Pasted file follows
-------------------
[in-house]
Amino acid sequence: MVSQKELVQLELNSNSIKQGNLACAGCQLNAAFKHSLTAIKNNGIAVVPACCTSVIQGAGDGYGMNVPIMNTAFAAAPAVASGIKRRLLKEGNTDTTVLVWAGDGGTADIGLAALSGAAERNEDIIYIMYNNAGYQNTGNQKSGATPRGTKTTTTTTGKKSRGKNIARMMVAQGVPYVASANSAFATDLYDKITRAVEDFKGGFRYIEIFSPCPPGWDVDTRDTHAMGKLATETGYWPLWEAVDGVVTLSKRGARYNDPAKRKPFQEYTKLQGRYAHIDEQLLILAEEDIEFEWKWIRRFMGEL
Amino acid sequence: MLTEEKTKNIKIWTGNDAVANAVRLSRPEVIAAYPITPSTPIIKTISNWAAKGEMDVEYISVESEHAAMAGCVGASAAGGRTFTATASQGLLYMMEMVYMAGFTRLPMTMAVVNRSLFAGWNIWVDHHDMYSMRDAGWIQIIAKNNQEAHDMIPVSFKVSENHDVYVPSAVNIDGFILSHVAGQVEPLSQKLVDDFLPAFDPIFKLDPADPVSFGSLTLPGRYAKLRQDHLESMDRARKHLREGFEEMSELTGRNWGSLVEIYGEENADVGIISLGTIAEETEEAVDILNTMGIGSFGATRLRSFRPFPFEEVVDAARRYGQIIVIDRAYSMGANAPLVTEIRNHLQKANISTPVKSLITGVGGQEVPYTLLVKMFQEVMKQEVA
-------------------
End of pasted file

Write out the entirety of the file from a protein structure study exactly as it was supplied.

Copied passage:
[in-house]
Amino acid sequence: MVSQKELVQLELNSNSIKQGNLACAGCQLNAAFKHSLTAIKNNGIAVVPACCTSVIQGAGDGYGMNVPIMNTAFAAAPAVASGIKRRLLKEGNTDTTVLVWAGDGGTADIGLAALSGAAERNEDIIYIMYNNAGYQNTGNQKSGATPRGTKTTTTTTGKKSRGKNIARMMVAQGVPYVASANSAFATDLYDKITRAVEDFKGGFRYIEIFSPCPPGWDVDTRDTHAMGKLATETGYWPLWEAVDGVVTLSKRGARYNDPAKRKPFQEYTKLQGRYAHIDEQLLILAEEDIEFEWKWIRRFMGEL
Amino acid sequence: MLTEEKTKNIKIWTGNDAVANAVRLSRPEVIAAYPITPSTPIIKTISNWAAKGEMDVEYISVESEHAAMAGCVGASAAGGRTFTATASQGLLYMMEMVYMAGFTRLPMTMAVVNRSLFAGWNIWVDHHDMYSMRDAGWIQIIAKNNQEAHDMIPVSFKVSENHDVYVPSAVNIDGFILSHVAGQVEPLSQKLVDDFLPAFDPIFKLDPADPVSFGSLTLPGRYAKLRQDHLESMDRARKHLREGFEEMSELTGRNWGSLVEIYGEENADVGIISLGTIAEETEEAVDILNTMGIGSFGATRLRSFRPFPFEEVVDAARRYGQIIVIDRAYSMGANAPLVTEIRNHLQKANISTPVKSLITGVGGQEVPYTLLVKMFQEVMKQEVA